BERLIN -- U.S. President Donald Trump's policy decisions are going in "a totally wrong direction," German Economy Minister Brigitte Zypries said in a newspaper interview on Wednesday, warning that protectionism would cost growth and jobs in both economies.
Germany is one of the world's leading trading nations, with exports accounting for some 45 per cent of its gross domestic product. The United States became Germany's top trading partner in 2015, overtaking France for the first time since 1961.
Asked about Trump's first policy decisions since the new American president took office, Zypries told the Bild newspaper: "What we are witnessing over the past 10 days is alarming and irritating. This is going in a totally wrong direction."
Zypries pointed out that only 10 per cent of German exports were going to the United States while 60 per cent went to other European countries.
But a protectionist U.S. trade policy would still be "bad for the German economy and therefore also for jobs," she added.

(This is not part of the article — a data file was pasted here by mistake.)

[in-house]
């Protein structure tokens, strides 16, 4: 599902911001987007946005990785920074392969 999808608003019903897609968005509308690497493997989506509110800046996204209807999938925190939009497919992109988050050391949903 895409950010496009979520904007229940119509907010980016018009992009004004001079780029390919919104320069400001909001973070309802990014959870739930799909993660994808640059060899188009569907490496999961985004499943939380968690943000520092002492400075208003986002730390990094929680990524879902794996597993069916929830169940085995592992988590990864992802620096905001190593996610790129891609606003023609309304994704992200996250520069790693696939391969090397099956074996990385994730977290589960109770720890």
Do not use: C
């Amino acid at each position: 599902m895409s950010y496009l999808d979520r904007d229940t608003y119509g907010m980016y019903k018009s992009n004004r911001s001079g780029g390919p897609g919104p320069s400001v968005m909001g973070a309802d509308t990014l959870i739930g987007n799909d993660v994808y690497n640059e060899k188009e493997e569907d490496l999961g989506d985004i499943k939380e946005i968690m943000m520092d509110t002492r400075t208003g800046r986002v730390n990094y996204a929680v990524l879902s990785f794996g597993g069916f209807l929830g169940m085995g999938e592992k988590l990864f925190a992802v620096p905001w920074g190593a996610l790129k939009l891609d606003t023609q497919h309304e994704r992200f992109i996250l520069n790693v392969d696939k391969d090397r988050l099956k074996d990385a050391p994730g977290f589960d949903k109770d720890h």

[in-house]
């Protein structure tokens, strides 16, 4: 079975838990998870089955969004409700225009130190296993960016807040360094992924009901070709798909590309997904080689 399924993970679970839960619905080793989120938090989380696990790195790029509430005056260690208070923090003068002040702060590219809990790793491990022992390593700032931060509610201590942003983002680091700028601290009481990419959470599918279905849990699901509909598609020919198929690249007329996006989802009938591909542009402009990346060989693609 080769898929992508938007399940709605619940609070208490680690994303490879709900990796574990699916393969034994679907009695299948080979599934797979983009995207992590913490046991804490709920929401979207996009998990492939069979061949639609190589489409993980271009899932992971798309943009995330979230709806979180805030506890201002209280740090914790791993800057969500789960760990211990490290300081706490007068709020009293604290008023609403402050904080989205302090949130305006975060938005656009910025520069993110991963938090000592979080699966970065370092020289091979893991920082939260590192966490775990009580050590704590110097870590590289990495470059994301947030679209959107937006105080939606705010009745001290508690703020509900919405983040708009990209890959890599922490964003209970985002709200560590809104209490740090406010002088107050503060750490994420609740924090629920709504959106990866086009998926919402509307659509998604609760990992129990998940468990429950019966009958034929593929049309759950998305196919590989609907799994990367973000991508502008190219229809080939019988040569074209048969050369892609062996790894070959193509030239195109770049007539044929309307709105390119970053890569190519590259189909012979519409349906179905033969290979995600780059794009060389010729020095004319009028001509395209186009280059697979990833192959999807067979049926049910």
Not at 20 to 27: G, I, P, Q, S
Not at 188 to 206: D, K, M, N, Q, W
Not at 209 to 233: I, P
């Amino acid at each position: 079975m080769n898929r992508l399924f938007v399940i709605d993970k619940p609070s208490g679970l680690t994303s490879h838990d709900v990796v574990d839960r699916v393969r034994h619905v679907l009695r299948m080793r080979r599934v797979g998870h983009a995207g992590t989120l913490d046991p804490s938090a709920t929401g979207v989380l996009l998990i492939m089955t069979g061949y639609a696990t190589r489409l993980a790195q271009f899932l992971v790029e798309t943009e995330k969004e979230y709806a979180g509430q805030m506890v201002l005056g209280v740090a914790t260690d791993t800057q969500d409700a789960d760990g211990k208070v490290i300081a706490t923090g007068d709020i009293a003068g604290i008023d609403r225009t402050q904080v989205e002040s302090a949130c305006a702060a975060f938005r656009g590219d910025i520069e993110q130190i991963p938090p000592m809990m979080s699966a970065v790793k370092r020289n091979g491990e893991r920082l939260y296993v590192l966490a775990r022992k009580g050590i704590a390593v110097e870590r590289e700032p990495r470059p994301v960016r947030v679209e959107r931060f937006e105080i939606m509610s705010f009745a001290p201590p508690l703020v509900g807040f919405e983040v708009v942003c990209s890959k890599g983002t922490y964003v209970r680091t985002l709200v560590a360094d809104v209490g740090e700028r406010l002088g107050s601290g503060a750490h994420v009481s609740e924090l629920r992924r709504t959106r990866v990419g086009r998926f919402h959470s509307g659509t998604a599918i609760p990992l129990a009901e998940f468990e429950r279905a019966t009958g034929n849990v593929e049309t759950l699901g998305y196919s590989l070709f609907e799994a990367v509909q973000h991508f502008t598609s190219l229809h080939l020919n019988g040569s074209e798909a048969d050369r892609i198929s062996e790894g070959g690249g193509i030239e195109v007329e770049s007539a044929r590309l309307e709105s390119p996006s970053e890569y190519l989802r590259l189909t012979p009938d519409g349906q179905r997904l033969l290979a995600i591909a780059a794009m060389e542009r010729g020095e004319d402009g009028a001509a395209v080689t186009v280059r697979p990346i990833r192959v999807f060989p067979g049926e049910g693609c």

Asked about how the German government was planning to react, the minister said: "We have to talk, talk, talk. Such an isolationist policy, which Donald Trump apparently plans to implement, is hurting all sides -- also the American economy."
Zypries noted that some of the trade measures which Trump announced before taking office were violating the basic rules of the World Trade Organization, without elaborating.
The minister also said that a protectionist trade policy would have negative consequences for U.S. citizens since also companies on American soil were depended on high-quality, cross-border supply chains.
Her comments came after the head of the BDI industry group said on Tuesday that the German economy would be badly affected if Trump pursued protectionist trade policies.
Trump signed an executive order last week withdrawing the United States from the 12-nation Trans-Pacific Partnership trade deal. He has also threatened to impose a border tax of 35 per cent on vehicles German carmakers import to the U.S. market.
On Tuesday, Trump's top trade adviser, Peter Navarro, stepped up the pressure, accusing Germany of using a "grossly undervalued" euro to gain a competitive advantage.
His remarks drew a rebuff from Chancellor Angela Merkel who said that the euro exchange rate was linked to the European Central Bank's monetary policy and that the German government had no influence on the ECB's rate decisions.
Government officials have also suggested that German firms should take advantage of any trade opportunities in Asia and South America created by a more protectionist United States.